Saturday, 22 December 2012

Content Standards and Objectives

make the way teachers teach more focused and flexible while making the way students learn more engaging and personalized.
The Next Generation Standards represent the next logical step in the progression of the statewide movement called Global21: Students deserve it. The world demands it.
Nearly 100 teachers spent months tweaking West Virginia's mathematics and English language arts Content Standards and Objectives. What transpired is described as "fewer, focused and deeper" next generation standards which will truly prepared students to be college and career ready.
The Next Generation Standards are designed to focus on fewer concepts while stressing deeper learning and understanding.
Most importantly, these standards define the knowledge and skills students should have within their K-12 education careers so that they will graduate high school able to succeed in entry-level, credit-bearing academic college courses and in workforce training programs.

Critical Stakeholders

The Critical Stakeholders are distinguished individuals and organizations that represent education, science, business and industry and who have interest in the Next Generation Science Standards. The members are drawn from all 50 states and have expertise in:
  • Elementary, middle and high school science from both urban and rural communities
  • Special education and English language acquisition
  • Postsecondary education
  • State standards and assessments
  • Cognitive science, life science, physical science, earth/space science, and engineering/technology
  • Mathematics and Literacy
  • Business and industry
  • Workforce development
  • Education policy
The Critical Stakeholders will critique successive, confidential drafts of the standards and provide feedback to the writers and states, giving special attention to their areas of expertise.


Carnegie Corporation of New York, which was established by Andrew Carnegie in 1911 "to promote the advancement and diffusion of knowledge and understanding," is one of the oldest, largest and most influential of American grantmaking foundations. The foundation makes grants to promote international peace and to advance education and knowledge - primary concerns to which founder Andrew Carnegie devoted the foundation.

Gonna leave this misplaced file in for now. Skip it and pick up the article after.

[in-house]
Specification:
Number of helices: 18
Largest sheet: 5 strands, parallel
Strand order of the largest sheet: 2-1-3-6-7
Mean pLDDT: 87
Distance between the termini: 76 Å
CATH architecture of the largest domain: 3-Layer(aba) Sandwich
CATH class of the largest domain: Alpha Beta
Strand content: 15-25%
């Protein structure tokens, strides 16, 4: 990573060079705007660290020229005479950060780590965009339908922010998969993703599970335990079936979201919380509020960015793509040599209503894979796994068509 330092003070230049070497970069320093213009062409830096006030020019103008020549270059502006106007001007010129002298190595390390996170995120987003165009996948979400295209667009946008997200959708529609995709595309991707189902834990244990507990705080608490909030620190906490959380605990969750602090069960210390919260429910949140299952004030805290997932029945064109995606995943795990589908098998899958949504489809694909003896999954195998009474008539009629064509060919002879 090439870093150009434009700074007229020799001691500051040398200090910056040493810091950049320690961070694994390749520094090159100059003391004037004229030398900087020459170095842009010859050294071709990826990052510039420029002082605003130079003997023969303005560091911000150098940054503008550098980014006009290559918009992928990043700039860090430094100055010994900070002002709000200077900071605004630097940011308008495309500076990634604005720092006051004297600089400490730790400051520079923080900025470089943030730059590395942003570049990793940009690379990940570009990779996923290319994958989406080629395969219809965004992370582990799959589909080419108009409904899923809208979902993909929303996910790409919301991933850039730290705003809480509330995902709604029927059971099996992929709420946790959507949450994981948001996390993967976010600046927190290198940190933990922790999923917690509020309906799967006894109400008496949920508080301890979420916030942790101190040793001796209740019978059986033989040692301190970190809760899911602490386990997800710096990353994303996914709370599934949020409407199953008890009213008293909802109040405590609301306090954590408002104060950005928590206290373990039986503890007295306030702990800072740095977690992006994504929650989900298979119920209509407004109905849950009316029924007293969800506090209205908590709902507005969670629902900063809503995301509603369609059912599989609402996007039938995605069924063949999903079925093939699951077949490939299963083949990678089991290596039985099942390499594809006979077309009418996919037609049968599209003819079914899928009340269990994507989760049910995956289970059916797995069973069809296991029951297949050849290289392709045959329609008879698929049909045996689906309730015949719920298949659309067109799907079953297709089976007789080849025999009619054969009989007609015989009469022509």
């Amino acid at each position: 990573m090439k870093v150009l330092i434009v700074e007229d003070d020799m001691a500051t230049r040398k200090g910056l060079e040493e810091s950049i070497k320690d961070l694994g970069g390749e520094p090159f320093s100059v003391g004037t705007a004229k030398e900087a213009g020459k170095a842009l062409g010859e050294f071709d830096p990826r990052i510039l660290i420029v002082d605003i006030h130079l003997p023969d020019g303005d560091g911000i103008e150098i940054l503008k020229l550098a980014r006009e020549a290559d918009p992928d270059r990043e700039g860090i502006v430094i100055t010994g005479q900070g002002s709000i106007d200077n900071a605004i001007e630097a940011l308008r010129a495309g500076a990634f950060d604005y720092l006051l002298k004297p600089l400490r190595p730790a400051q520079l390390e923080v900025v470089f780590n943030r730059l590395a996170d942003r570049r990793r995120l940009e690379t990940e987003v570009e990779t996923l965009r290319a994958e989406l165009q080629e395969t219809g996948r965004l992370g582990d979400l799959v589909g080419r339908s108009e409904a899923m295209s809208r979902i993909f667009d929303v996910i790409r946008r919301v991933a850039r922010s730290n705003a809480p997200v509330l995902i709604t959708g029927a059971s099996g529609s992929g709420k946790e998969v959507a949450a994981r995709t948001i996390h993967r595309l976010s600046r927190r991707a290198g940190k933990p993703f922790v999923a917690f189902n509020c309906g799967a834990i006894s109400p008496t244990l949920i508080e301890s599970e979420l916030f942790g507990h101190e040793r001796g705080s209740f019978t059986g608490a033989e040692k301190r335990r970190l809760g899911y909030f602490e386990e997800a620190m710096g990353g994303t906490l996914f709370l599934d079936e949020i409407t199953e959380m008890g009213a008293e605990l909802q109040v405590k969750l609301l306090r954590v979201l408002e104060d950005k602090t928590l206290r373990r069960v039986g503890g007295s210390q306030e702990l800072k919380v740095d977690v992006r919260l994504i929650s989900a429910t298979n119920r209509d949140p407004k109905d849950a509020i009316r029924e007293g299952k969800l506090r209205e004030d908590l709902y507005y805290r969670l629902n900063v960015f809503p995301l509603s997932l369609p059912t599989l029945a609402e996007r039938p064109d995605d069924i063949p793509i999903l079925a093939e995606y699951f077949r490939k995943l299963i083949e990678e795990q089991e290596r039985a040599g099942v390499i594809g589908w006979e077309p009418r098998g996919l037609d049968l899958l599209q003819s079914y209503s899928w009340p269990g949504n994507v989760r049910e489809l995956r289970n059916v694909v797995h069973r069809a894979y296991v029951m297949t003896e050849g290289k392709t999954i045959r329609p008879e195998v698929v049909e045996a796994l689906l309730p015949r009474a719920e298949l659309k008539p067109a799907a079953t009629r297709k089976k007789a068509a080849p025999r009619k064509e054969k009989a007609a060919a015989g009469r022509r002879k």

Additional support provided by

The Noyce Foundation: The Noyce Foundation was created by the Noyce family in 1990 to honor the memory and legacy of Dr. Robert N. Noyce, co-founder of Intel and inventor of the integrated circuit. The Foundation focuses on a few key areas: expanding opportunities for students to experience hands‐on science in out‐of‐school settings; supporting human capital efforts to develop effective teachers and principal leaders; and investing in models and policy for improving the teaching of math, science, and literacy.
The Cisco Foundation: The Cisco Foundation supports Cisco's efforts to team with NPO/NGO organizations around the world to develop public investment programs focused on critical human needs, access to education, and economic empowerment. We focus this work on underserved communities and look for solutions that harness the power of the Internet and communications technology.
DuPont: Founded in 1802, DuPont puts science to work by creating sustainable solutions essential to a better, safer, healthier life for people everywhere. Operating in approximately 90 countries, DuPont offers a wide range of innovative products and services for markets including agriculture, nutrition, electronics, communications, safety and protection, home and construction, transportation and apparel.

What's New?

Next Generation Science Standards

Quality science education is based on standards that are rich in content and practice, with aligned curricula, pedagogy, assessment, and teacher preparation and development. It has been nearly 15 years since the      National Research Council and the American Association for Advancement in Science produced the seminal documents on which most state standards are based. Since that time, major advances in science and our understanding of how students learn science have taken place and need to be reflected in state standards. The time is right to forge Next Generation Science Standards.